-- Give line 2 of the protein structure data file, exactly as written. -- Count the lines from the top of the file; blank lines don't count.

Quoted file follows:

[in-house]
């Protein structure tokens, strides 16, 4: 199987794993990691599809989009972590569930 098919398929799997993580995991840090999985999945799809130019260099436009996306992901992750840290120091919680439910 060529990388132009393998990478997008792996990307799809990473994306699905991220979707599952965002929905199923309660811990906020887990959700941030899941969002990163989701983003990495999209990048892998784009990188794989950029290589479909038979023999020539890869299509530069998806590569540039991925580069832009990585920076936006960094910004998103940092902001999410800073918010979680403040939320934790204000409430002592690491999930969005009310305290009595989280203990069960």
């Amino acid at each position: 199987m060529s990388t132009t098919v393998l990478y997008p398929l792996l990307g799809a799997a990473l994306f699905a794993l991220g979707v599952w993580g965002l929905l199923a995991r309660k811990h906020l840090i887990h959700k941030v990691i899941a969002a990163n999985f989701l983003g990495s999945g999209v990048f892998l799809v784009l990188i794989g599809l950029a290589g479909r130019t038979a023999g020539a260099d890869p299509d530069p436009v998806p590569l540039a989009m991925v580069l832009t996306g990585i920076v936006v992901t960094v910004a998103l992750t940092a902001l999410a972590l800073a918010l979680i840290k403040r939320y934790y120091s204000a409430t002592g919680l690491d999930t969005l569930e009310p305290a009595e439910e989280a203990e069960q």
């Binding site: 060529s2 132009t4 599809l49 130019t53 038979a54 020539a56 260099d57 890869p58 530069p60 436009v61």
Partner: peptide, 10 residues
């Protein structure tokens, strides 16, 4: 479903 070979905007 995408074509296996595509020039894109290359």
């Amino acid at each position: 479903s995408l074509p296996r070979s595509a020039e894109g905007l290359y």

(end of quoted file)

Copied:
């Protein structure tokens, strides 16, 4: 199987794993990691599809989009972590569930 098919398929799997993580995991840090999985999945799809130019260099436009996306992901992750840290120091919680439910 060529990388132009393998990478997008792996990307799809990473994306699905991220979707599952965002929905199923309660811990906020887990959700941030899941969002990163989701983003990495999209990048892998784009990188794989950029290589479909038979023999020539890869299509530069998806590569540039991925580069832009990585920076936006960094910004998103940092902001999410800073918010979680403040939320934790204000409430002592690491999930969005009310305290009595989280203990069960």